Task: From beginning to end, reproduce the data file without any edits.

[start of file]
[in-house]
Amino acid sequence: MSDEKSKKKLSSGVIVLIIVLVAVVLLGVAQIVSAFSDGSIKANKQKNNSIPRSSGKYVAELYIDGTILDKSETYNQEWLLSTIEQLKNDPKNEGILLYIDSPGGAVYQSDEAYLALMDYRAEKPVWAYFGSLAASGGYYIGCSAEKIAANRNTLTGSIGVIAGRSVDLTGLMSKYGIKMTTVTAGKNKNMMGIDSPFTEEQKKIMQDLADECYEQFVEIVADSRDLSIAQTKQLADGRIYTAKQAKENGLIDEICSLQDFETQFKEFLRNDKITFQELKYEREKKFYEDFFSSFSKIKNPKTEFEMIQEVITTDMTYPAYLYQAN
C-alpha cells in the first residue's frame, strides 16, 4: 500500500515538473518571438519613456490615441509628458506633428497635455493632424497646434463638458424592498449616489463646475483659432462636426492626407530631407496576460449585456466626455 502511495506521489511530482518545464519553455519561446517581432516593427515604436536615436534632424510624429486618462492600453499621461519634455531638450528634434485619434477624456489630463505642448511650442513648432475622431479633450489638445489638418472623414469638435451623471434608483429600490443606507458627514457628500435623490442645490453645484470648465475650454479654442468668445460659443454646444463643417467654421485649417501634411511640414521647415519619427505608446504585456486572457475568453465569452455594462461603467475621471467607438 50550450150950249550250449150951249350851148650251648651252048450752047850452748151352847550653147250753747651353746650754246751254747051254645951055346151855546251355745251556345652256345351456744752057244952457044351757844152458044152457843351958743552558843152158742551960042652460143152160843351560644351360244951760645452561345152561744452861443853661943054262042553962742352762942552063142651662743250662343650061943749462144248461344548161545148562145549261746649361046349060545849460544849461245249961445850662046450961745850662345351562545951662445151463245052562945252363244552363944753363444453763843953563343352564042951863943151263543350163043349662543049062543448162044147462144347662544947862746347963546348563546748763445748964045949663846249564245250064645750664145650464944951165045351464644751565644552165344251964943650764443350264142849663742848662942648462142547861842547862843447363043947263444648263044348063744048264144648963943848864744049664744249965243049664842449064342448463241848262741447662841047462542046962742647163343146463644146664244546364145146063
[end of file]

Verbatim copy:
[in-house]
Amino acid sequence: MSDEKSKKKLSSGVIVLIIVLVAVVLLGVAQIVSAFSDGSIKANKQKNNSIPRSSGKYVAELYIDGTILDKSETYNQEWLLSTIEQLKNDPKNEGILLYIDSPGGAVYQSDEAYLALMDYRAEKPVWAYFGSLAASGGYYIGCSAEKIAANRNTLTGSIGVIAGRSVDLTGLMSKYGIKMTTVTAGKNKNMMGIDSPFTEEQKKIMQDLADECYEQFVEIVADSRDLSIAQTKQLADGRIYTAKQAKENGLIDEICSLQDFETQFKEFLRNDKITFQELKYEREKKFYEDFFSSFSKIKNPKTEFEMIQEVITTDMTYPAYLYQAN
C-alpha cells in the first residue's frame, strides 16, 4: 500500500515538473518571438519613456490615441509628458506633428497635455493632424497646434463638458424592498449616489463646475483659432462636426492626407530631407496576460449585456466626455 502511495506521489511530482518545464519553455519561446517581432516593427515604436536615436534632424510624429486618462492600453499621461519634455531638450528634434485619434477624456489630463505642448511650442513648432475622431479633450489638445489638418472623414469638435451623471434608483429600490443606507458627514457628500435623490442645490453645484470648465475650454479654442468668445460659443454646444463643417467654421485649417501634411511640414521647415519619427505608446504585456486572457475568453465569452455594462461603467475621471467607438 50550450150950249550250449150951249350851148650251648651252048450752047850452748151352847550653147250753747651353746650754246751254747051254645951055346151855546251355745251556345652256345351456744752057244952457044351757844152458044152457843351958743552558843152158742551960042652460143152160843351560644351360244951760645452561345152561744452861443853661943054262042553962742352762942552063142651662743250662343650061943749462144248461344548161545148562145549261746649361046349060545849460544849461245249961445850662046450961745850662345351562545951662445151463245052562945252363244552363944753363444453763843953563343352564042951863943151263543350163043349662543049062543448162044147462144347662544947862746347963546348563546748763445748964045949663846249564245250064645750664145650464944951165045351464644751565644552165344251964943650764443350264142849663742848662942648462142547861842547862843447363043947263444648263044348063744048264144648963943848864744049664744249965243049664842449064342448463241848262741447662841047462542046962742647163343146463644146664244546364145146063